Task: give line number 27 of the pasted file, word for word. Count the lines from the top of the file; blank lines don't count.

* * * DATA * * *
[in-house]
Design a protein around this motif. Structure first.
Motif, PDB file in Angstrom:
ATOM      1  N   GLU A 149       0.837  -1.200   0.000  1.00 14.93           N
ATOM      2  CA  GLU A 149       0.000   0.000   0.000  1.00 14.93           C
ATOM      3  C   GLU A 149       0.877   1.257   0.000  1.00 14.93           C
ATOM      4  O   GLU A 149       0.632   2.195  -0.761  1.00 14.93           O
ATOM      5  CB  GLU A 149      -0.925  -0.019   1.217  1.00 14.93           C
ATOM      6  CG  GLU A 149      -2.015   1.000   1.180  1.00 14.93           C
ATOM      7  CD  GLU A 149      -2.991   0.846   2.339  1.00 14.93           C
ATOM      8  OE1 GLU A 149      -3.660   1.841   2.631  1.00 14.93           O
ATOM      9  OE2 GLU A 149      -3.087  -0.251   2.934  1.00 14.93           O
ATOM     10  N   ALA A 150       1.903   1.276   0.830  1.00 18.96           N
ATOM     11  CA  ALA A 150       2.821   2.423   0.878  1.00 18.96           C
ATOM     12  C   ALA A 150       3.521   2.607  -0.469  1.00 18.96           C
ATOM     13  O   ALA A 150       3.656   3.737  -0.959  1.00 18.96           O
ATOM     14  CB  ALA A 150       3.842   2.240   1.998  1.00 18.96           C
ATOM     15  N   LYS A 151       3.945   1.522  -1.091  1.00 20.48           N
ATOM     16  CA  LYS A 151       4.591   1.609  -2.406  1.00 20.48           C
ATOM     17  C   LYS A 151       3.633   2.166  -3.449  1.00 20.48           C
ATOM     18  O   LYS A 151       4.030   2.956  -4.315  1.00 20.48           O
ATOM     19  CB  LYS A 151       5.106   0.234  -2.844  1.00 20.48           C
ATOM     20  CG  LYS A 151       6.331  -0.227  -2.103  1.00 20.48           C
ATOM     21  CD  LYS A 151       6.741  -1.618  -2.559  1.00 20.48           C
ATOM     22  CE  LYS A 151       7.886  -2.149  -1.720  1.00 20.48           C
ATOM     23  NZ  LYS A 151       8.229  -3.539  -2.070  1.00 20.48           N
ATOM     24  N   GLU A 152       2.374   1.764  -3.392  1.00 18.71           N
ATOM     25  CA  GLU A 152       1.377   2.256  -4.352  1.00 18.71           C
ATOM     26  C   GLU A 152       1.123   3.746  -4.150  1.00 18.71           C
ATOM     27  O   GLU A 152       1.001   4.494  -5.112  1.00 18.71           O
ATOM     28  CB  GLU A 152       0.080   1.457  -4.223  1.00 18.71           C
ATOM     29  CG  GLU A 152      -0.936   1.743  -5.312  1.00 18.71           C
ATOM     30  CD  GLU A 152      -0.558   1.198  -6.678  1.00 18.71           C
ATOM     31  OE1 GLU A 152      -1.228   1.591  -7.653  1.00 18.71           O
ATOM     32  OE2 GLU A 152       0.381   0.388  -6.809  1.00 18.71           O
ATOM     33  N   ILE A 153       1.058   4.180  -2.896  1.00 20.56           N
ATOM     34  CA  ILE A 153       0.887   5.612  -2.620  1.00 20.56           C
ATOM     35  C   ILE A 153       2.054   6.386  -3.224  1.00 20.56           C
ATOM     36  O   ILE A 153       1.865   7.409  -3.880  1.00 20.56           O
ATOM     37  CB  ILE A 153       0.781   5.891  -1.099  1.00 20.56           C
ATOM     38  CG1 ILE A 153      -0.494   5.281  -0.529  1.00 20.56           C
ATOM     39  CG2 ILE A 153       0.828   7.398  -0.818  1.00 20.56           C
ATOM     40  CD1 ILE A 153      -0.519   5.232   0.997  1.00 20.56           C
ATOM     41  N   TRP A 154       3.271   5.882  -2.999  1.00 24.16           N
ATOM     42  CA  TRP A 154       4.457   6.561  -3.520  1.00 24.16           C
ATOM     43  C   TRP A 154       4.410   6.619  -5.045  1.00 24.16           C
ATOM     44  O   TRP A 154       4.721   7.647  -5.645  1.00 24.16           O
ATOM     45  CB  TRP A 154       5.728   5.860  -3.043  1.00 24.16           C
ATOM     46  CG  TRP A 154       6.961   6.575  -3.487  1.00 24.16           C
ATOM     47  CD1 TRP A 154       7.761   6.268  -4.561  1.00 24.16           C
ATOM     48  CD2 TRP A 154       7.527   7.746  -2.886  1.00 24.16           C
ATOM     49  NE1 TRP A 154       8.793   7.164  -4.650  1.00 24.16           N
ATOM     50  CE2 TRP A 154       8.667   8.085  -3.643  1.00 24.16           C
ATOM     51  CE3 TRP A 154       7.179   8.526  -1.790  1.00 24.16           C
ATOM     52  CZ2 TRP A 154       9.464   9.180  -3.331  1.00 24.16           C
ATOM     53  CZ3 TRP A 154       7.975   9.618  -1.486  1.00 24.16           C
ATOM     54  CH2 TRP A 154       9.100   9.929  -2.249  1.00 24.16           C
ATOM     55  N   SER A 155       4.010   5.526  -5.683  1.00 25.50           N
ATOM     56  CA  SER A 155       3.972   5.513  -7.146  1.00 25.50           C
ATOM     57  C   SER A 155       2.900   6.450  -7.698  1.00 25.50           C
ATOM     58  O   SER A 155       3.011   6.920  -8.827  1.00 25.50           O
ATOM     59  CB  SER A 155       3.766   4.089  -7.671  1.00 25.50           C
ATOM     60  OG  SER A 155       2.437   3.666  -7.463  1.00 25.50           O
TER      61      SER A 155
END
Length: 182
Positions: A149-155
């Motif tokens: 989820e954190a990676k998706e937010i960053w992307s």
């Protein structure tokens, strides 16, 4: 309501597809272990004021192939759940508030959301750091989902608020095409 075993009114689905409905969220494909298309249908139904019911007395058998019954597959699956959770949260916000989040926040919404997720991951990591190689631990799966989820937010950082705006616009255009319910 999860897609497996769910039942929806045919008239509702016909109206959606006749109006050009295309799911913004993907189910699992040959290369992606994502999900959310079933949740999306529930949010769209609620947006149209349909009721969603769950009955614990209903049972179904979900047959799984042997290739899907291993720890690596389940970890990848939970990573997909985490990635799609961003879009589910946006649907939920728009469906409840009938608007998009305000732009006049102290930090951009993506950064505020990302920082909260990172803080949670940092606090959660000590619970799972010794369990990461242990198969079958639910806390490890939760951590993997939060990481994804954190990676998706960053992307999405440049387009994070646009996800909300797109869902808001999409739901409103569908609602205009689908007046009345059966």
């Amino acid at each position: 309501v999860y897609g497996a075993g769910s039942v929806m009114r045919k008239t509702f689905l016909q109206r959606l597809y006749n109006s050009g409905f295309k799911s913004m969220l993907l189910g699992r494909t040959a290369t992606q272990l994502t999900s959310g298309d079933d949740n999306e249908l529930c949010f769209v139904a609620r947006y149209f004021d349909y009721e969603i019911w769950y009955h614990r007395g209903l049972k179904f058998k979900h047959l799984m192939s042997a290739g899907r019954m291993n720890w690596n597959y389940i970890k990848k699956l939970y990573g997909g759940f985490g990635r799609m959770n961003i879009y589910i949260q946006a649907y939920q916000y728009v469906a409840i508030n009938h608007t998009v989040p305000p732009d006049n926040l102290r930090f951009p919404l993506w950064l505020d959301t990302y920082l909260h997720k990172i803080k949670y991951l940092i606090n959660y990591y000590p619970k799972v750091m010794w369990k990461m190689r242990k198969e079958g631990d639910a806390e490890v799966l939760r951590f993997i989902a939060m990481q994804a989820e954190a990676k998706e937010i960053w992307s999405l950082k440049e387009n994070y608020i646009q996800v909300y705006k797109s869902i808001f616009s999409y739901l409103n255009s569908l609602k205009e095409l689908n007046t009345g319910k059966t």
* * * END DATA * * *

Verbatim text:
ATOM     24  N   GLU A 152       2.374   1.764  -3.392  1.00 18.71           N